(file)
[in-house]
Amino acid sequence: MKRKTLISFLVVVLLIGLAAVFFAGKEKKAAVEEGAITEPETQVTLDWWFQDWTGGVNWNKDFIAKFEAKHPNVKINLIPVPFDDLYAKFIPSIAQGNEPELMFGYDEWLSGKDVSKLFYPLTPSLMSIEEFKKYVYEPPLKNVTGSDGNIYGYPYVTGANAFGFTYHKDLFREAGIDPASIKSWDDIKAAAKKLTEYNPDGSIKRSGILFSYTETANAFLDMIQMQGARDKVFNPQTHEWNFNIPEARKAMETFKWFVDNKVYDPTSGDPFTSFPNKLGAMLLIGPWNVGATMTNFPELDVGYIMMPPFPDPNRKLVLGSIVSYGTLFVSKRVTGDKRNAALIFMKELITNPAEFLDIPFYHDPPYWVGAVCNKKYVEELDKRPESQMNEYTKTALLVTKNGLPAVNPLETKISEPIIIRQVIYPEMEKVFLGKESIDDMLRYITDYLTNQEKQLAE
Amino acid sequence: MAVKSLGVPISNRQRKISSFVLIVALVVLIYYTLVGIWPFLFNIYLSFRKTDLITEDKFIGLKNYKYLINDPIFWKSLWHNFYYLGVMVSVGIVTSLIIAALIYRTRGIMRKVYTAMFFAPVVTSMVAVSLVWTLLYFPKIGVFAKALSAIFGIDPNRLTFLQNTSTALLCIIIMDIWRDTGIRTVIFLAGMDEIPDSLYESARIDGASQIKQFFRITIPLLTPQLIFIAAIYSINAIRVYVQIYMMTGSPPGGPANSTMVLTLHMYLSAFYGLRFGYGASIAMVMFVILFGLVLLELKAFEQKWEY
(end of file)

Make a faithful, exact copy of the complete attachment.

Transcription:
[in-house]
Amino acid sequence: MKRKTLISFLVVVLLIGLAAVFFAGKEKKAAVEEGAITEPETQVTLDWWFQDWTGGVNWNKDFIAKFEAKHPNVKINLIPVPFDDLYAKFIPSIAQGNEPELMFGYDEWLSGKDVSKLFYPLTPSLMSIEEFKKYVYEPPLKNVTGSDGNIYGYPYVTGANAFGFTYHKDLFREAGIDPASIKSWDDIKAAAKKLTEYNPDGSIKRSGILFSYTETANAFLDMIQMQGARDKVFNPQTHEWNFNIPEARKAMETFKWFVDNKVYDPTSGDPFTSFPNKLGAMLLIGPWNVGATMTNFPELDVGYIMMPPFPDPNRKLVLGSIVSYGTLFVSKRVTGDKRNAALIFMKELITNPAEFLDIPFYHDPPYWVGAVCNKKYVEELDKRPESQMNEYTKTALLVTKNGLPAVNPLETKISEPIIIRQVIYPEMEKVFLGKESIDDMLRYITDYLTNQEKQLAE
Amino acid sequence: MAVKSLGVPISNRQRKISSFVLIVALVVLIYYTLVGIWPFLFNIYLSFRKTDLITEDKFIGLKNYKYLINDPIFWKSLWHNFYYLGVMVSVGIVTSLIIAALIYRTRGIMRKVYTAMFFAPVVTSMVAVSLVWTLLYFPKIGVFAKALSAIFGIDPNRLTFLQNTSTALLCIIIMDIWRDTGIRTVIFLAGMDEIPDSLYESARIDGASQIKQFFRITIPLLTPQLIFIAAIYSINAIRVYVQIYMMTGSPPGGPANSTMVLTLHMYLSAFYGLRFGYGASIAMVMFVILFGLVLLELKAFEQKWEY